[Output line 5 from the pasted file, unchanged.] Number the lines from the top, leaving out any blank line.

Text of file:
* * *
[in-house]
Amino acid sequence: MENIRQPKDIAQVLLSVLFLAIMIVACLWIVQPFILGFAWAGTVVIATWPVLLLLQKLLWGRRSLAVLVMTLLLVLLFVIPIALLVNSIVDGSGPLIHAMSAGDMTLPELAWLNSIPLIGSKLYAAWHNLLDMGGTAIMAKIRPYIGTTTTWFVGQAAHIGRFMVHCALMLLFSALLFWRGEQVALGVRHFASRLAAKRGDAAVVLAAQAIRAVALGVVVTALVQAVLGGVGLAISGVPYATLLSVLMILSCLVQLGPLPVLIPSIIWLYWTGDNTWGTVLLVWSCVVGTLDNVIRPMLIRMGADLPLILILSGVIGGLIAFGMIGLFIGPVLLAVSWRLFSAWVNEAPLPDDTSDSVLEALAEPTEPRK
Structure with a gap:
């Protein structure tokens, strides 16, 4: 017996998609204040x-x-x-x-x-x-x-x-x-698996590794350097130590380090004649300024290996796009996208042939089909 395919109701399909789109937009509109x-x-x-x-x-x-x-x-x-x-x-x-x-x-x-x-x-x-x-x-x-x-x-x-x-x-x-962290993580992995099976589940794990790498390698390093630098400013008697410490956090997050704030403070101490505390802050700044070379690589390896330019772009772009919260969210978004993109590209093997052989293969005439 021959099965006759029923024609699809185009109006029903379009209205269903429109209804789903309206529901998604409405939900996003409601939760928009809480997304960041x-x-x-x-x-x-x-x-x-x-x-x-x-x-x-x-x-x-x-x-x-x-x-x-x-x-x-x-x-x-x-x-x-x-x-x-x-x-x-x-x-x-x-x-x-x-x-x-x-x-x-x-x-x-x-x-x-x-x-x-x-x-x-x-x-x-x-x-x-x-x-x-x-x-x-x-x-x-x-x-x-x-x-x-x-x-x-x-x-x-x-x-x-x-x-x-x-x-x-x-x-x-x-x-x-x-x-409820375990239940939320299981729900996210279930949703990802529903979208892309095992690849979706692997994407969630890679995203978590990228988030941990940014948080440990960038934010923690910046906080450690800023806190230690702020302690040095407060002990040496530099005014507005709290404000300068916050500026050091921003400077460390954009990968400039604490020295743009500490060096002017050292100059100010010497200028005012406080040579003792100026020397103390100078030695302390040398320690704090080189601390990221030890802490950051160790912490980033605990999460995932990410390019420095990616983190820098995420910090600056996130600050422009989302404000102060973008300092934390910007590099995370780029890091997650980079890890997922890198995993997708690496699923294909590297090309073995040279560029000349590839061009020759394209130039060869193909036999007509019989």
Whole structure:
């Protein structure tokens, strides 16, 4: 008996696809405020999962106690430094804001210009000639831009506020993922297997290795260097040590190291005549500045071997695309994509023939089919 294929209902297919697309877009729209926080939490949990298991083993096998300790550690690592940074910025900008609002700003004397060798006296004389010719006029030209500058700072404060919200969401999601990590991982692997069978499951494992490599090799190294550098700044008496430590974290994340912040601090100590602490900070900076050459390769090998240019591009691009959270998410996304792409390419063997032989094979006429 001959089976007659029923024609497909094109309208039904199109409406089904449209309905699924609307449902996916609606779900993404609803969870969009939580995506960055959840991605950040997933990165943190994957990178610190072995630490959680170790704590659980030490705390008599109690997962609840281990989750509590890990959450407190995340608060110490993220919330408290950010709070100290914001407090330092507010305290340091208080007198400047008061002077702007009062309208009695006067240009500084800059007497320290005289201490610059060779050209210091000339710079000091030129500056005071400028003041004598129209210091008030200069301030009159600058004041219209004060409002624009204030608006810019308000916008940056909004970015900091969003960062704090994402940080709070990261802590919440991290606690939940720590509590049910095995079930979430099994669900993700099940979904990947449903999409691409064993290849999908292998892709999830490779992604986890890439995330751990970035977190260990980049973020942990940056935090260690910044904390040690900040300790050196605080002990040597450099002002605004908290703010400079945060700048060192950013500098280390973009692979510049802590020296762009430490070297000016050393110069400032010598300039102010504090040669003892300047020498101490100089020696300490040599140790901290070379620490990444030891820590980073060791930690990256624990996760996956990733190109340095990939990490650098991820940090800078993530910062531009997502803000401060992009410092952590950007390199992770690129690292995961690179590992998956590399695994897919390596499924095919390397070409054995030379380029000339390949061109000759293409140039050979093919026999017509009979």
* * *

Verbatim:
Whole structure: